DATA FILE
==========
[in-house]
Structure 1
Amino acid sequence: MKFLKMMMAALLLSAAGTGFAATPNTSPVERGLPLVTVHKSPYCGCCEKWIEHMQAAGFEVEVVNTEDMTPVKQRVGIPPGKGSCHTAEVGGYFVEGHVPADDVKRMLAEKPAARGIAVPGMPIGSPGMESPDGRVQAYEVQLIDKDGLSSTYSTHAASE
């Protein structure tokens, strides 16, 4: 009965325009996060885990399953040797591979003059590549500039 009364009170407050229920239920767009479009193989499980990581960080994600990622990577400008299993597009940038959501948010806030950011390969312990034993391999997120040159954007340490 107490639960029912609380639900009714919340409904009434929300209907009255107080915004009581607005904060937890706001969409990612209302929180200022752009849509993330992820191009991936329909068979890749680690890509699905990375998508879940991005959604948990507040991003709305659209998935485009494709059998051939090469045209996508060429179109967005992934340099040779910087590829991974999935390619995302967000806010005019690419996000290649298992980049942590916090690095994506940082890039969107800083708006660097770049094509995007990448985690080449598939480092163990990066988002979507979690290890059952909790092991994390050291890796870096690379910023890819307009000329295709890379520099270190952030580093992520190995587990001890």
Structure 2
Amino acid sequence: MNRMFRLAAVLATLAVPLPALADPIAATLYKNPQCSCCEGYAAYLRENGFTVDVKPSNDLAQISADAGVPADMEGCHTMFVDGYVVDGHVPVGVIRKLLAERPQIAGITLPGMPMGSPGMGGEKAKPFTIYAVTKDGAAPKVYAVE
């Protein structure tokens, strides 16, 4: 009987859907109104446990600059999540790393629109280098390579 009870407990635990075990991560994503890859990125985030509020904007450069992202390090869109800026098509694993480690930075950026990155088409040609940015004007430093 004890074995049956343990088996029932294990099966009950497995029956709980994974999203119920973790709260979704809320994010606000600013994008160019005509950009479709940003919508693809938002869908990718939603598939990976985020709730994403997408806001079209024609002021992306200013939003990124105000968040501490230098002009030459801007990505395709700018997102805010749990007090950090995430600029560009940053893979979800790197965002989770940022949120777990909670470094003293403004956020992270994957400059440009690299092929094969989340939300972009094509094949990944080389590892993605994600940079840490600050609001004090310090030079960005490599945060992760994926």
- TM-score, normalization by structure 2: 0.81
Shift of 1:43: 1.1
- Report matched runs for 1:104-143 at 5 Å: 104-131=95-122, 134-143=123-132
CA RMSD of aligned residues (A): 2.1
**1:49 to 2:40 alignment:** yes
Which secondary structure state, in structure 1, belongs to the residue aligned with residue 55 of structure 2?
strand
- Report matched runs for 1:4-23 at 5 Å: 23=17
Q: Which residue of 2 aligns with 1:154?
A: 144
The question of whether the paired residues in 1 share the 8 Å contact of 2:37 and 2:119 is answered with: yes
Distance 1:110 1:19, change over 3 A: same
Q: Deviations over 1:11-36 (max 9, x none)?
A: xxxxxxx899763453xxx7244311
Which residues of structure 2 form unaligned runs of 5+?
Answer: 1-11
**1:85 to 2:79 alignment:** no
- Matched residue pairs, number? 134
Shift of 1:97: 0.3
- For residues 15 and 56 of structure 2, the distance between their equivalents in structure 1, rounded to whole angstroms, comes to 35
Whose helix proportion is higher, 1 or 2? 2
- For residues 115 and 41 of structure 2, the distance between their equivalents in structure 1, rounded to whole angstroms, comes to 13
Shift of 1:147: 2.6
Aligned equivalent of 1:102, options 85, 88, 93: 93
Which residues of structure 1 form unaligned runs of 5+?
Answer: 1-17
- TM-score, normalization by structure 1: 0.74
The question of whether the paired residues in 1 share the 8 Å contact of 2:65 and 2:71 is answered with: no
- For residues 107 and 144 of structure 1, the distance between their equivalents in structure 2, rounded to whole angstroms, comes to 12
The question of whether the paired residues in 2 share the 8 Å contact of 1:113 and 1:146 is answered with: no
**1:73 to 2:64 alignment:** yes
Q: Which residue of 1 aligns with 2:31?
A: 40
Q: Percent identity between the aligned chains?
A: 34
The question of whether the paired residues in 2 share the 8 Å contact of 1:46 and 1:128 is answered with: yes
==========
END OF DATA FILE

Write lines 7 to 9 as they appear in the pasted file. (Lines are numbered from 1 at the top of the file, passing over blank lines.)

């Protein structure tokens, strides 16, 4: 009987859907109104446990600059999540790393629109280098390579 009870407990635990075990991560994503890859990125985030509020904007450069992202390090869109800026098509694993480690930075950026990155088409040609940015004007430093 004890074995049956343990088996029932294990099966009950497995029956709980994974999203119920973790709260979704809320994010606000600013994008160019005509950009479709940003919508693809938002869908990718939603598939990976985020709730994403997408806001079209024609002021992306200013939003990124105000968040501490230098002009030459801007990505395709700018997102805010749990007090950090995430600029560009940053893979979800790197965002989770940022949120777990909670470094003293403004956020992270994957400059440009690299092929094969989340939300972009094509094949990944080389590892993605994600940079840490600050609001004090310090030079960005490599945060992760994926």
- TM-score, normalization by structure 2: 0.81
Shift of 1:43: 1.1